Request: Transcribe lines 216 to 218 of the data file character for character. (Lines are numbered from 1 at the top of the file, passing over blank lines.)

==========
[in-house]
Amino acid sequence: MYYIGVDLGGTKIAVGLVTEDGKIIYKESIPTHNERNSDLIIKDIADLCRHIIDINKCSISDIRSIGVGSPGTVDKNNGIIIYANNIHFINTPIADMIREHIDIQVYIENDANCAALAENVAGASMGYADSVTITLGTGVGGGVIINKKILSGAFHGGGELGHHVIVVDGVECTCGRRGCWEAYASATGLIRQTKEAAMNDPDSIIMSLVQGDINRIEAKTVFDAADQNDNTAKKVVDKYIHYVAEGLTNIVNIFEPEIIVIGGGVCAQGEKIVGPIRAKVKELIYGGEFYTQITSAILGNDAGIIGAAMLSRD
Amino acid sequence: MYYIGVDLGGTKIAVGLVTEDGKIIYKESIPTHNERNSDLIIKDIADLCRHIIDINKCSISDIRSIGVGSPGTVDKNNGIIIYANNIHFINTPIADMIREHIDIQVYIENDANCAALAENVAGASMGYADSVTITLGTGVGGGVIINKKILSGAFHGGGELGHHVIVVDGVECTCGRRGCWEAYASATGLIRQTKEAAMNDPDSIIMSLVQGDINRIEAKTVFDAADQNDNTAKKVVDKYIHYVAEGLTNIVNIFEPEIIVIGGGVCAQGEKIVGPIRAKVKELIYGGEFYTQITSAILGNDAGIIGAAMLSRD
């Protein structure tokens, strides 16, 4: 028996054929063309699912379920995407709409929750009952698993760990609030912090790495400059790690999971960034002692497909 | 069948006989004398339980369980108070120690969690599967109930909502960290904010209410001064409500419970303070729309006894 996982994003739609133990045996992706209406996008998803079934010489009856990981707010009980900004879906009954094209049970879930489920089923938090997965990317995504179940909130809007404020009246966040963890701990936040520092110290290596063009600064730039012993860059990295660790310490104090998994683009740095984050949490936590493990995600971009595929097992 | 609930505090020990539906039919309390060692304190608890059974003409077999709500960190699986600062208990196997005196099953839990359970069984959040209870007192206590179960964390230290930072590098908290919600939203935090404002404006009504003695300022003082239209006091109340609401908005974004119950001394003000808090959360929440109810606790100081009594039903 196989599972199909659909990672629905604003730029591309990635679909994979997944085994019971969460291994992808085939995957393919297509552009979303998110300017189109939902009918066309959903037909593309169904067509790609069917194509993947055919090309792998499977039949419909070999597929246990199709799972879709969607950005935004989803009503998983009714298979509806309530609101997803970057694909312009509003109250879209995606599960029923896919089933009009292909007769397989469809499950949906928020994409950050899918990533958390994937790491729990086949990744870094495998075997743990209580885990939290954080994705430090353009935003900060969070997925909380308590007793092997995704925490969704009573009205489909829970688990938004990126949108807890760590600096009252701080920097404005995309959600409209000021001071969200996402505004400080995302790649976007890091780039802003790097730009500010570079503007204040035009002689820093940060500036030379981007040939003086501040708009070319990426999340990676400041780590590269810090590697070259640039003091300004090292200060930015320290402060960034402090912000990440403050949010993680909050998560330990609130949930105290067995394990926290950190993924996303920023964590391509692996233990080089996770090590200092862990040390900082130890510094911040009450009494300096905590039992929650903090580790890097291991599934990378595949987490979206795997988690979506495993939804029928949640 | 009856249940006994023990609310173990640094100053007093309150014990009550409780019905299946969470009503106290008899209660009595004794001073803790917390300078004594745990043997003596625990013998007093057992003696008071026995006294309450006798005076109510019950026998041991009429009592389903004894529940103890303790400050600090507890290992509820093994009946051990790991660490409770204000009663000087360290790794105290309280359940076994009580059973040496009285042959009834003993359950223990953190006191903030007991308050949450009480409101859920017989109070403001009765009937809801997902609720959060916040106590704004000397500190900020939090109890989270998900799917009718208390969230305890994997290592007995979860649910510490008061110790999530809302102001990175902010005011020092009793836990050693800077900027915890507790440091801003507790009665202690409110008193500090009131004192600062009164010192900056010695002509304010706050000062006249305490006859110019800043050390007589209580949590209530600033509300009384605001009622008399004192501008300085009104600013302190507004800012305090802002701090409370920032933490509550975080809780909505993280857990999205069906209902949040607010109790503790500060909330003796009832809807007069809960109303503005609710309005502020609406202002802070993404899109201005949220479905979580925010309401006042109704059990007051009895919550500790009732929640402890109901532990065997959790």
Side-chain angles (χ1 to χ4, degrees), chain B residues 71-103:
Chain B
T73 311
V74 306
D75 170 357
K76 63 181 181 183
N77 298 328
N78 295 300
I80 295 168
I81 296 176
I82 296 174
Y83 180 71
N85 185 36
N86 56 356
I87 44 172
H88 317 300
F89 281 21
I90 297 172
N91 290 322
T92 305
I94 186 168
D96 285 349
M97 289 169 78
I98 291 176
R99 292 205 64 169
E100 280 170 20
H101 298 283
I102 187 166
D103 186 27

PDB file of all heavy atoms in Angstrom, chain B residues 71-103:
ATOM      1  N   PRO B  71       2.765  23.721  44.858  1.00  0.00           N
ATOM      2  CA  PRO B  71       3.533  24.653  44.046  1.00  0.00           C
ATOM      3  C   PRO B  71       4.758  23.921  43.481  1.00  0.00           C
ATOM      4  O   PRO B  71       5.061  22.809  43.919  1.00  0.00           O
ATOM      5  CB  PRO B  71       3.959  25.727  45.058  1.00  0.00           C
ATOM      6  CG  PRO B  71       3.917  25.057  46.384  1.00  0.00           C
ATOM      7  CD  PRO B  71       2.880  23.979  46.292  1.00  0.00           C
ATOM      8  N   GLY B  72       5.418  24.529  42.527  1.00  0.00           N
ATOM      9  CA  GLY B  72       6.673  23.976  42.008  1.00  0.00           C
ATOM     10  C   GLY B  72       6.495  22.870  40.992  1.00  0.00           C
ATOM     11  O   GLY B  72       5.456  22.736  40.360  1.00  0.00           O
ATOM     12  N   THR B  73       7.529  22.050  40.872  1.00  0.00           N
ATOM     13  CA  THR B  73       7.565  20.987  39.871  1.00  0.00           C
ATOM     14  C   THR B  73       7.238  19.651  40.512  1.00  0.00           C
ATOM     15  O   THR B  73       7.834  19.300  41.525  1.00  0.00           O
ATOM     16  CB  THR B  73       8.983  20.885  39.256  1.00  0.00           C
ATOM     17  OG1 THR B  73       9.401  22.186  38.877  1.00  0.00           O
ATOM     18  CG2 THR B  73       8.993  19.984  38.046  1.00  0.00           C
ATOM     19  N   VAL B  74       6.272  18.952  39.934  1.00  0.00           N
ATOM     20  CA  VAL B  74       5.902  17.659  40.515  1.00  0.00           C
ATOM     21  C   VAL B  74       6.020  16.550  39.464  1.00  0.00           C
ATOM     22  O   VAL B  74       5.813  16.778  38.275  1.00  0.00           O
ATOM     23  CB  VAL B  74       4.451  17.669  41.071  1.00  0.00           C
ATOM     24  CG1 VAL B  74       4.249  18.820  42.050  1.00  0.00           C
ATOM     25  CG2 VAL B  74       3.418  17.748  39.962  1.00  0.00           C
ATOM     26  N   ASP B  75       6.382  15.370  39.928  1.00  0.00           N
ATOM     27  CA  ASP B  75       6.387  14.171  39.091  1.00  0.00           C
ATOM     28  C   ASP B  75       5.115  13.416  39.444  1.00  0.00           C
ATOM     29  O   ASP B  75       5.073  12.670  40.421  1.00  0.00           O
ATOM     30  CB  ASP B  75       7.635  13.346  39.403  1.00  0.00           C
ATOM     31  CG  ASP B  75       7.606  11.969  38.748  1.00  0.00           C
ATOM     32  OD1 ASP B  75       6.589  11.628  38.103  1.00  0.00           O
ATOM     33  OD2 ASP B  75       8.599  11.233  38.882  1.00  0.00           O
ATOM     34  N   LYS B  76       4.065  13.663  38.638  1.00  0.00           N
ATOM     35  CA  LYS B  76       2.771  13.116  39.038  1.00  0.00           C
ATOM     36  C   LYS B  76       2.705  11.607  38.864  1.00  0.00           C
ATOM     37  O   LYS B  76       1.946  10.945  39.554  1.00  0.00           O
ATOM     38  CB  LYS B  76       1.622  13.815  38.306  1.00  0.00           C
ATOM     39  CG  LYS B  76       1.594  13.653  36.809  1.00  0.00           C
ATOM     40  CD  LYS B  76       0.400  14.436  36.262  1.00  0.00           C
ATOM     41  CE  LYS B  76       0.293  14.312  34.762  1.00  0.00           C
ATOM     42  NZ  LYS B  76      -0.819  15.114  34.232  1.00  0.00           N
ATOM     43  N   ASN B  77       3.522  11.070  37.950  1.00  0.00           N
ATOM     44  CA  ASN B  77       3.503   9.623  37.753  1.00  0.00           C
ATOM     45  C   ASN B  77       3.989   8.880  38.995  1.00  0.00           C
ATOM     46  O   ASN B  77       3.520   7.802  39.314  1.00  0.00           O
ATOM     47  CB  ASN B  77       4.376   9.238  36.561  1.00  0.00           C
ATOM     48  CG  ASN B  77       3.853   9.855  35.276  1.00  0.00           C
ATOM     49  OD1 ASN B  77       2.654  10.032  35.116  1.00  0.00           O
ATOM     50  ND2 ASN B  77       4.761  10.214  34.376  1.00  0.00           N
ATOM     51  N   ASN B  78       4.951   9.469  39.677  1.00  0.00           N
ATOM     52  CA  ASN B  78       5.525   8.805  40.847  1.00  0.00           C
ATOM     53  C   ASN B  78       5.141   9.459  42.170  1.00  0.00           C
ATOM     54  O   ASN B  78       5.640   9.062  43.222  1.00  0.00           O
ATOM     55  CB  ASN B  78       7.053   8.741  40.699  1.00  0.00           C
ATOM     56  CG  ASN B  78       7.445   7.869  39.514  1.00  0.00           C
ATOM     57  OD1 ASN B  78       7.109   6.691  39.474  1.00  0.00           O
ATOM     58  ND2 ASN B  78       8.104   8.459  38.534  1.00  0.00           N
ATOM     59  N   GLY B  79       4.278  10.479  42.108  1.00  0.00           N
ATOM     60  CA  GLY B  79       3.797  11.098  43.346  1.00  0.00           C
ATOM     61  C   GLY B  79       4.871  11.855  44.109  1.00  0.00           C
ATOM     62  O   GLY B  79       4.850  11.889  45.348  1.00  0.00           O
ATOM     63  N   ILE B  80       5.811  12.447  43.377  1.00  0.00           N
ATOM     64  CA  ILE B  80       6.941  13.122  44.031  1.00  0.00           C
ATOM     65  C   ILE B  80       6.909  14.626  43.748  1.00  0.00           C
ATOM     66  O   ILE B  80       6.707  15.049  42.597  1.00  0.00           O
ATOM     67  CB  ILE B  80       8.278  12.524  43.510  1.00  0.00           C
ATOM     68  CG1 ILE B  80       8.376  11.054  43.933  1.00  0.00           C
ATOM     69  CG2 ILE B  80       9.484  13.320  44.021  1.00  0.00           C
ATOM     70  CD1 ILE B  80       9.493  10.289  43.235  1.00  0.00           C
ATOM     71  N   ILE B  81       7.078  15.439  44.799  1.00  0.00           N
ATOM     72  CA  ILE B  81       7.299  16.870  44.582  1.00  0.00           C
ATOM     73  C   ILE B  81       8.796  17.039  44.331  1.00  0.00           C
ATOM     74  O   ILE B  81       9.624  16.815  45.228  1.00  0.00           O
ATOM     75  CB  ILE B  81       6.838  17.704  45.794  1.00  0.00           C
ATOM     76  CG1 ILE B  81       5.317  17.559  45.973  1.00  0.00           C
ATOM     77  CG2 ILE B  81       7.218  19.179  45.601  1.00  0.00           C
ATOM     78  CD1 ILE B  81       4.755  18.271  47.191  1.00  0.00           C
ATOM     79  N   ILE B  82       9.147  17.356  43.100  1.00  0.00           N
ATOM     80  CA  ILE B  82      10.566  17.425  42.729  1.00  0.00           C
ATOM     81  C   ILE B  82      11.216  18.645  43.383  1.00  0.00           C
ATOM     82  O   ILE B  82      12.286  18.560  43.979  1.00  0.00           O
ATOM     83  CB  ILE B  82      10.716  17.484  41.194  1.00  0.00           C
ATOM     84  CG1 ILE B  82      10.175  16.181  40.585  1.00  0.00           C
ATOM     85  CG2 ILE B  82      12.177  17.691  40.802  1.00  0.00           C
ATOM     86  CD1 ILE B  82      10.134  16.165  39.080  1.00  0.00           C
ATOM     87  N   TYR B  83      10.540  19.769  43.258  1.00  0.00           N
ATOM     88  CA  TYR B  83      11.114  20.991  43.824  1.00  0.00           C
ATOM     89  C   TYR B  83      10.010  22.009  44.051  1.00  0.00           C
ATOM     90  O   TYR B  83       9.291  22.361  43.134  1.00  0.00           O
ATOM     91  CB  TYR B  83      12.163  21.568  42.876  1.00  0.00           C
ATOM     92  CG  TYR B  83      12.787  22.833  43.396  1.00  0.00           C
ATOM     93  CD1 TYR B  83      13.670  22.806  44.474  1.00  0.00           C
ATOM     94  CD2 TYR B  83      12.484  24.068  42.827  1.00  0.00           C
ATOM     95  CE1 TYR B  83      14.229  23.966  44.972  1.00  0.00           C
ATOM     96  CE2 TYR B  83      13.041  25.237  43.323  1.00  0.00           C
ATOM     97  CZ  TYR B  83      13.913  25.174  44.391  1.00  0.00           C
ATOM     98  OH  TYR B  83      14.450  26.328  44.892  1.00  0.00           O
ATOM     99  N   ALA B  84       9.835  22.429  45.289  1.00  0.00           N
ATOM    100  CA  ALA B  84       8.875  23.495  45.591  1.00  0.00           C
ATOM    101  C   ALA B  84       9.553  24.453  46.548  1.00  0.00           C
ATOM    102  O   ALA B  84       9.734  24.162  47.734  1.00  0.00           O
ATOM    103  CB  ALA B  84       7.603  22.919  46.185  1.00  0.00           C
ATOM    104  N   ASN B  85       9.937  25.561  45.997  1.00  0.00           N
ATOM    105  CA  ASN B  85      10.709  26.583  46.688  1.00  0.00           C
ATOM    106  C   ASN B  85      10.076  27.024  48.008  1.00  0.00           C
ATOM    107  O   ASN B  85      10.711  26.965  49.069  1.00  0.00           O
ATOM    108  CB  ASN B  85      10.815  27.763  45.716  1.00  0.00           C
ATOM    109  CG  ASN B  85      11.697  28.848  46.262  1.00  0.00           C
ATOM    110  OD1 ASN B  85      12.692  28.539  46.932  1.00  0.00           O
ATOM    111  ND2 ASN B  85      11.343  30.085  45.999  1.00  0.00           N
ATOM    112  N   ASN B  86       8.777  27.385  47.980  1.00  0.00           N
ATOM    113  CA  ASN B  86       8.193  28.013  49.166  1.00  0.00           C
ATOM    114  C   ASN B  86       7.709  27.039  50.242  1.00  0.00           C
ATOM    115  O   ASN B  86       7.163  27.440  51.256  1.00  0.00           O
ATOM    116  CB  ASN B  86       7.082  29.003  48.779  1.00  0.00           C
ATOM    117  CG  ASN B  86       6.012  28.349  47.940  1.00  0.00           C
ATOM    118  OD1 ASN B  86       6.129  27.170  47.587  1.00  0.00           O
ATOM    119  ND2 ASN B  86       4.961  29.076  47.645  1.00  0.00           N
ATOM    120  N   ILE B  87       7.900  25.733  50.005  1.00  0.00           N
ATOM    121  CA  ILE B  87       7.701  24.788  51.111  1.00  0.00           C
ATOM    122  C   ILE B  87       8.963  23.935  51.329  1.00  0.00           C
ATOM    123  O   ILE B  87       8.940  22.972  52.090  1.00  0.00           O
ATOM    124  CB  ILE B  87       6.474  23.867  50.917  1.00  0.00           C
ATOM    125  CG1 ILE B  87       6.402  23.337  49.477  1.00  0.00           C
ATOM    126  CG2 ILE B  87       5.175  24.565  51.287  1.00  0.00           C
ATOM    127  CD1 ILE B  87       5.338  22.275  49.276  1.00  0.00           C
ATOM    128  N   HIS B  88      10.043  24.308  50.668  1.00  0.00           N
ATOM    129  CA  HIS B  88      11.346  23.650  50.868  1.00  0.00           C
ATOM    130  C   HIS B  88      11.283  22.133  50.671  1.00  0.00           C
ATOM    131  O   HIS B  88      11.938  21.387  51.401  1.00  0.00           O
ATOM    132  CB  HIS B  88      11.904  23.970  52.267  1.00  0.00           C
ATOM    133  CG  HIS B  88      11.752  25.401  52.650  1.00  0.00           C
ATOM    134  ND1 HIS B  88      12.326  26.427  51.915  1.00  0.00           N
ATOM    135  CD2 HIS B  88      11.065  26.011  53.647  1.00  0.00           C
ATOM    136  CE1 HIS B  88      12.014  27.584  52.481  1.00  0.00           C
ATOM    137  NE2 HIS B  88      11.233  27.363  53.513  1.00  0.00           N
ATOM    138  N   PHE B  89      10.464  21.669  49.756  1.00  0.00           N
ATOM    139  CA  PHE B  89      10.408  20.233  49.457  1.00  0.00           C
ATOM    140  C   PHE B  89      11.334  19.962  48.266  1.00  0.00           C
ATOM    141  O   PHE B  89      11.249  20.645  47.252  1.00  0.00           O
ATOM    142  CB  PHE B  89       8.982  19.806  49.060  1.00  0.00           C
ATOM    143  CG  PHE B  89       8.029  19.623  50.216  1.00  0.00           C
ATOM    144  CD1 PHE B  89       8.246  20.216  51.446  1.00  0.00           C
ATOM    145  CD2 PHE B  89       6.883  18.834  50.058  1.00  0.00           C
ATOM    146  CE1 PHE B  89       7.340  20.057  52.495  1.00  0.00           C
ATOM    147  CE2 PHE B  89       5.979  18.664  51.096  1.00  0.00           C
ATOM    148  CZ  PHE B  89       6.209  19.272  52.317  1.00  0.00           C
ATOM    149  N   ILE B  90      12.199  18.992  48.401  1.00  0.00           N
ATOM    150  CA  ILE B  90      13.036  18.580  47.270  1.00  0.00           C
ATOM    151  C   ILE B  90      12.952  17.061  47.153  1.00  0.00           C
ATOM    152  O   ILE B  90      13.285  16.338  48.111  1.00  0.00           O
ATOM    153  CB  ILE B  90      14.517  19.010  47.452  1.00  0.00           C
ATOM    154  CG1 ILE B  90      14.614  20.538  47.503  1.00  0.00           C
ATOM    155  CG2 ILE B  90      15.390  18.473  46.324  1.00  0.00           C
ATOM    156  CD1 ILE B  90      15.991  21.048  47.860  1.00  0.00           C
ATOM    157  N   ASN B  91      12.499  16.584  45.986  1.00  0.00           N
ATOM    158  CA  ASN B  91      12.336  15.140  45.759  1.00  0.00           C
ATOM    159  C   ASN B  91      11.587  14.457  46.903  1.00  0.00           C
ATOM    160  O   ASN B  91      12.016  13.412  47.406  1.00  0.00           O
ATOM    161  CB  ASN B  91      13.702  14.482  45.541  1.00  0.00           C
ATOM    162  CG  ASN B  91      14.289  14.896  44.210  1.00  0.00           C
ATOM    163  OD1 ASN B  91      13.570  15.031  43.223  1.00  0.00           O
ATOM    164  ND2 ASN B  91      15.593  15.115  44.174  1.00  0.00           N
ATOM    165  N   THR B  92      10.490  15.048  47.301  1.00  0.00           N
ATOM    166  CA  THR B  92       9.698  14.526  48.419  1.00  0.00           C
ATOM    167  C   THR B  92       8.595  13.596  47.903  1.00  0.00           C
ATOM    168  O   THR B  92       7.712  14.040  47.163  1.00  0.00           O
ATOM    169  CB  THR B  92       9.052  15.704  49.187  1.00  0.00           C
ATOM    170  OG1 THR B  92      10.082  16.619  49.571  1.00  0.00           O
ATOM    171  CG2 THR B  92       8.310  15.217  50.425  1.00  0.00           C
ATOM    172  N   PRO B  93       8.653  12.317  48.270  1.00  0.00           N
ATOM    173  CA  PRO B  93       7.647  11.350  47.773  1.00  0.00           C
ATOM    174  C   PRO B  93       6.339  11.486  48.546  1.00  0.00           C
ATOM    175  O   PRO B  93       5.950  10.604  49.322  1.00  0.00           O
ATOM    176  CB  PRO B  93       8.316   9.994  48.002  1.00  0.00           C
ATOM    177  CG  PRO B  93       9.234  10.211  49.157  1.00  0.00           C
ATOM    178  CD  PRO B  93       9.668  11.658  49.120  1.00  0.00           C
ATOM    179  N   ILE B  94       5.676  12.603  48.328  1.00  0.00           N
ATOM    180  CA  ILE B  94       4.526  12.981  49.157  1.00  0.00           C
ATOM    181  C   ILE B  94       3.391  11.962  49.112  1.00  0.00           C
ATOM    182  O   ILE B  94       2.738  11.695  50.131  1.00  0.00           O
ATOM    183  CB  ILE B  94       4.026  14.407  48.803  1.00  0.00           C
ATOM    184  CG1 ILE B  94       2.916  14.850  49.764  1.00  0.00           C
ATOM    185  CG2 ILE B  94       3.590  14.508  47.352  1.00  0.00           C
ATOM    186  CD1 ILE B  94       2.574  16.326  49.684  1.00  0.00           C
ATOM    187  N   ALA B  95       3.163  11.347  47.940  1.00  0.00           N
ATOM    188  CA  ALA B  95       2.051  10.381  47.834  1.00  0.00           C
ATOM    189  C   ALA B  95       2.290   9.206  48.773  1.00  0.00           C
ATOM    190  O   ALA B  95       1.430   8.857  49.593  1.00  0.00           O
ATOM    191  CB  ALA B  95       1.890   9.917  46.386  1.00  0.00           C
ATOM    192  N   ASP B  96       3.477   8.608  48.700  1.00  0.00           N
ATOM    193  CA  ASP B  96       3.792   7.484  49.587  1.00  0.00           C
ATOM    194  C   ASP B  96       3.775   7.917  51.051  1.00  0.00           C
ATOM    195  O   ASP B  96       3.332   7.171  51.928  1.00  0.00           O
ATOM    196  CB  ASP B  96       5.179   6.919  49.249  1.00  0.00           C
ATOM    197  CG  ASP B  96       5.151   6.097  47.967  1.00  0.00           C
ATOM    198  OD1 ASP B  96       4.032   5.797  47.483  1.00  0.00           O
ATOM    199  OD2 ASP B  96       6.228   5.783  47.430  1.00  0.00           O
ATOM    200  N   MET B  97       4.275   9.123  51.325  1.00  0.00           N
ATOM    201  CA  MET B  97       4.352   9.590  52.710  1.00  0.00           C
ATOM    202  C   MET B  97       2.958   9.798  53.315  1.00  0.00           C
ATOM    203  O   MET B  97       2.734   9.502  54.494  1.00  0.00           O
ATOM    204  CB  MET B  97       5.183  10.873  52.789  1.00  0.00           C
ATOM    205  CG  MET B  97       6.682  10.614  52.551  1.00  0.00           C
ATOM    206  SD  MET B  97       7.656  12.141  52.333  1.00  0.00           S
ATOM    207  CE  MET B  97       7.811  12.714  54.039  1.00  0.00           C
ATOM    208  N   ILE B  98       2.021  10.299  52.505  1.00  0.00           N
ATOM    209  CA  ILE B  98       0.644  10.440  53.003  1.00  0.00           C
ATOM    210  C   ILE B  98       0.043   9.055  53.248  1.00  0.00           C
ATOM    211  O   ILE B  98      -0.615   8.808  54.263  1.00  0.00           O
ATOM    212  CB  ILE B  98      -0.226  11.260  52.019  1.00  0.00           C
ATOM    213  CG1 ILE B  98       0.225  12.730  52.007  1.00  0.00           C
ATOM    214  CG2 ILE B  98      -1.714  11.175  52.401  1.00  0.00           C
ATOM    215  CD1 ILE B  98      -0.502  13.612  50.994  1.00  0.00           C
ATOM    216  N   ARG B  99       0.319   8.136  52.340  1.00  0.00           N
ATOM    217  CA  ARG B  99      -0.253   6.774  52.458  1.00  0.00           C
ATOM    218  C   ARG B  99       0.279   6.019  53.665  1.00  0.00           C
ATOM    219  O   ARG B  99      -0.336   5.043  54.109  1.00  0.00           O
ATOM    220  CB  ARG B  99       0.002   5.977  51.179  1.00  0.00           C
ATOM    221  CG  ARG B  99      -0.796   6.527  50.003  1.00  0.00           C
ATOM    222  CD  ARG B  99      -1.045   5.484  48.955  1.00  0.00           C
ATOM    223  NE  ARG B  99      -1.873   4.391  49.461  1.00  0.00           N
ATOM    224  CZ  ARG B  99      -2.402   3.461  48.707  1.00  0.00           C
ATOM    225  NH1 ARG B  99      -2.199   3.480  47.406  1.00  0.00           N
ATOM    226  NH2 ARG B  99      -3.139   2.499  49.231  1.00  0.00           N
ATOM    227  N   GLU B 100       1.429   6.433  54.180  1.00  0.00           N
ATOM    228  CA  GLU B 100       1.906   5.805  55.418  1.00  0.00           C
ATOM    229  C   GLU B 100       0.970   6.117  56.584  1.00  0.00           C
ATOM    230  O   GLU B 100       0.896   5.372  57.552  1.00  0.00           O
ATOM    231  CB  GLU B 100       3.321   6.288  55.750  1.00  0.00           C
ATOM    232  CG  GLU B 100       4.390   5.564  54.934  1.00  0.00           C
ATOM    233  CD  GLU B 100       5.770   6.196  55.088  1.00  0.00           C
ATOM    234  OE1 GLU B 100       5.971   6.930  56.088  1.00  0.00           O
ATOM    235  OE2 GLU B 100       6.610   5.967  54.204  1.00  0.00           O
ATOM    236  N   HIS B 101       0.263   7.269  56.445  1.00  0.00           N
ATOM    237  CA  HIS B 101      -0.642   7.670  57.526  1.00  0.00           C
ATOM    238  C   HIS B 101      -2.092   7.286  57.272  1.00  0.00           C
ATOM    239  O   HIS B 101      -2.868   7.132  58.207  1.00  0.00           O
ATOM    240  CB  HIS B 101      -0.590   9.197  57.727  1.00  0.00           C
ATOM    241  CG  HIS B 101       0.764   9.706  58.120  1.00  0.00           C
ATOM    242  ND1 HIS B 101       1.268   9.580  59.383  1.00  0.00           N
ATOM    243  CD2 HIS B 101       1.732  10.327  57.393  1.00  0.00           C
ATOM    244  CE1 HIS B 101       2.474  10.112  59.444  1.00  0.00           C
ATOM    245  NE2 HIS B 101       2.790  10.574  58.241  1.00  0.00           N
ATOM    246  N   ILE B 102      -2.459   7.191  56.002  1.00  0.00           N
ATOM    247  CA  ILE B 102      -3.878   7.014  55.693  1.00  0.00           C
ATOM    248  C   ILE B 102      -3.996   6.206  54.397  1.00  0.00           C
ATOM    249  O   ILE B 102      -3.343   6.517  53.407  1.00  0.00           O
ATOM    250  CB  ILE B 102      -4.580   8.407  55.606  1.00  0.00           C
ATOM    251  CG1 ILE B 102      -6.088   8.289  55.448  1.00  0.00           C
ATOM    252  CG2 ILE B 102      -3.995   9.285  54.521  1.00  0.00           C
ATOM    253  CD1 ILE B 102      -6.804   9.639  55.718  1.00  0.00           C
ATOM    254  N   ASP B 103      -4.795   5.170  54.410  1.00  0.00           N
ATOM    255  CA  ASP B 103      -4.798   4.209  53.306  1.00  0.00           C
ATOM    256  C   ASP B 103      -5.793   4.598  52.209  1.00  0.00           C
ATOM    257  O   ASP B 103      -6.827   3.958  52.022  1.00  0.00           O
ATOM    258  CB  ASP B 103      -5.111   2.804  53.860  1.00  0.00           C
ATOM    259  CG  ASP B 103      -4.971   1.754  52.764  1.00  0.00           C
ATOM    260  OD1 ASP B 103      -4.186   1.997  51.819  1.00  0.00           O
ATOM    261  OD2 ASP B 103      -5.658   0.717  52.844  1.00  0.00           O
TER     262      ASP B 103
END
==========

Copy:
ATOM    182  O   ILE B  94       2.738  11.695  50.131  1.00  0.00           O
ATOM    183  CB  ILE B  94       4.026  14.407  48.803  1.00  0.00           C
ATOM    184  CG1 ILE B  94       2.916  14.850  49.764  1.00  0.00           C